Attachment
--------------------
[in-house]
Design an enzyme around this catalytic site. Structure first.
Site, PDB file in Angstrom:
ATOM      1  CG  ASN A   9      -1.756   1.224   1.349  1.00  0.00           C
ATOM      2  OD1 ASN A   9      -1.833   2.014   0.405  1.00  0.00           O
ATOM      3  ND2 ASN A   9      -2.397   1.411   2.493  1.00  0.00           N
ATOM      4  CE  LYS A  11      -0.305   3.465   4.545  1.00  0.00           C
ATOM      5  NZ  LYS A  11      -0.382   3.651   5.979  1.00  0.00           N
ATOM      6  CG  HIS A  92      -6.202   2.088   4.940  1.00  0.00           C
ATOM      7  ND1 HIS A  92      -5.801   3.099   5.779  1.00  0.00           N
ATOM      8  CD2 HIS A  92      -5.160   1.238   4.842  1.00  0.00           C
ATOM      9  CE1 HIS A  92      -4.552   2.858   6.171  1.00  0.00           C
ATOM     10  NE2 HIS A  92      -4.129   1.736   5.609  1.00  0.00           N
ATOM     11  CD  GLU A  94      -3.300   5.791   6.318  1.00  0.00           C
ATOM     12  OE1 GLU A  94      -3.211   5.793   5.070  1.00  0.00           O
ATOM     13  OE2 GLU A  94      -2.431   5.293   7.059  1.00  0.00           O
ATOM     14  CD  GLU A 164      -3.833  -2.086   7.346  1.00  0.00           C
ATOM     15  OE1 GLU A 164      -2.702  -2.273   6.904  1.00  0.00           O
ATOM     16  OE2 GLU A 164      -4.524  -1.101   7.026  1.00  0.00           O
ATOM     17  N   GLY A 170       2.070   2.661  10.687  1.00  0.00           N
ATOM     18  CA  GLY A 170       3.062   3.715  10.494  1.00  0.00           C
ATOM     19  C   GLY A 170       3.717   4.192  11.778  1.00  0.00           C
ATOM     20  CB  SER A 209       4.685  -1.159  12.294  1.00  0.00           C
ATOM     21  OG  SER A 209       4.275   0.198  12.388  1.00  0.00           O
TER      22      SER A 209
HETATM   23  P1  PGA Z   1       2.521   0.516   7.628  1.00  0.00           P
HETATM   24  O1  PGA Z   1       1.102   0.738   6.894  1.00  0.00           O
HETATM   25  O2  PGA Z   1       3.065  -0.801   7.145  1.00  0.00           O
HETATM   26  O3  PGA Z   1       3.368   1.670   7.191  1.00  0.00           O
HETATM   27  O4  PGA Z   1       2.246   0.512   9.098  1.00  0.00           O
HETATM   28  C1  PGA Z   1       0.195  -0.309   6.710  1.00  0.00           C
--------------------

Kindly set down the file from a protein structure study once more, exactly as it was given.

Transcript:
[in-house]
Design an enzyme around this catalytic site. Structure first.
Site, PDB file in Angstrom:
ATOM      1  CG  ASN A   9      -1.756   1.224   1.349  1.00  0.00           C
ATOM      2  OD1 ASN A   9      -1.833   2.014   0.405  1.00  0.00           O
ATOM      3  ND2 ASN A   9      -2.397   1.411   2.493  1.00  0.00           N
ATOM      4  CE  LYS A  11      -0.305   3.465   4.545  1.00  0.00           C
ATOM      5  NZ  LYS A  11      -0.382   3.651   5.979  1.00  0.00           N
ATOM      6  CG  HIS A  92      -6.202   2.088   4.940  1.00  0.00           C
ATOM      7  ND1 HIS A  92      -5.801   3.099   5.779  1.00  0.00           N
ATOM      8  CD2 HIS A  92      -5.160   1.238   4.842  1.00  0.00           C
ATOM      9  CE1 HIS A  92      -4.552   2.858   6.171  1.00  0.00           C
ATOM     10  NE2 HIS A  92      -4.129   1.736   5.609  1.00  0.00           N
ATOM     11  CD  GLU A  94      -3.300   5.791   6.318  1.00  0.00           C
ATOM     12  OE1 GLU A  94      -3.211   5.793   5.070  1.00  0.00           O
ATOM     13  OE2 GLU A  94      -2.431   5.293   7.059  1.00  0.00           O
ATOM     14  CD  GLU A 164      -3.833  -2.086   7.346  1.00  0.00           C
ATOM     15  OE1 GLU A 164      -2.702  -2.273   6.904  1.00  0.00           O
ATOM     16  OE2 GLU A 164      -4.524  -1.101   7.026  1.00  0.00           O
ATOM     17  N   GLY A 170       2.070   2.661  10.687  1.00  0.00           N
ATOM     18  CA  GLY A 170       3.062   3.715  10.494  1.00  0.00           C
ATOM     19  C   GLY A 170       3.717   4.192  11.778  1.00  0.00           C
ATOM     20  CB  SER A 209       4.685  -1.159  12.294  1.00  0.00           C
ATOM     21  OG  SER A 209       4.275   0.198  12.388  1.00  0.00           O
TER      22      SER A 209
HETATM   23  P1  PGA Z   1       2.521   0.516   7.628  1.00  0.00           P
HETATM   24  O1  PGA Z   1       1.102   0.738   6.894  1.00  0.00           O
HETATM   25  O2  PGA Z   1       3.065  -0.801   7.145  1.00  0.00           O
HETATM   26  O3  PGA Z   1       3.368   1.670   7.191  1.00  0.00           O
HETATM   27  O4  PGA Z   1       2.246   0.512   9.098  1.00  0.00           O
HETATM   28  C1  PGA Z   1       0.195  -0.309   6.710  1.00  0.00           C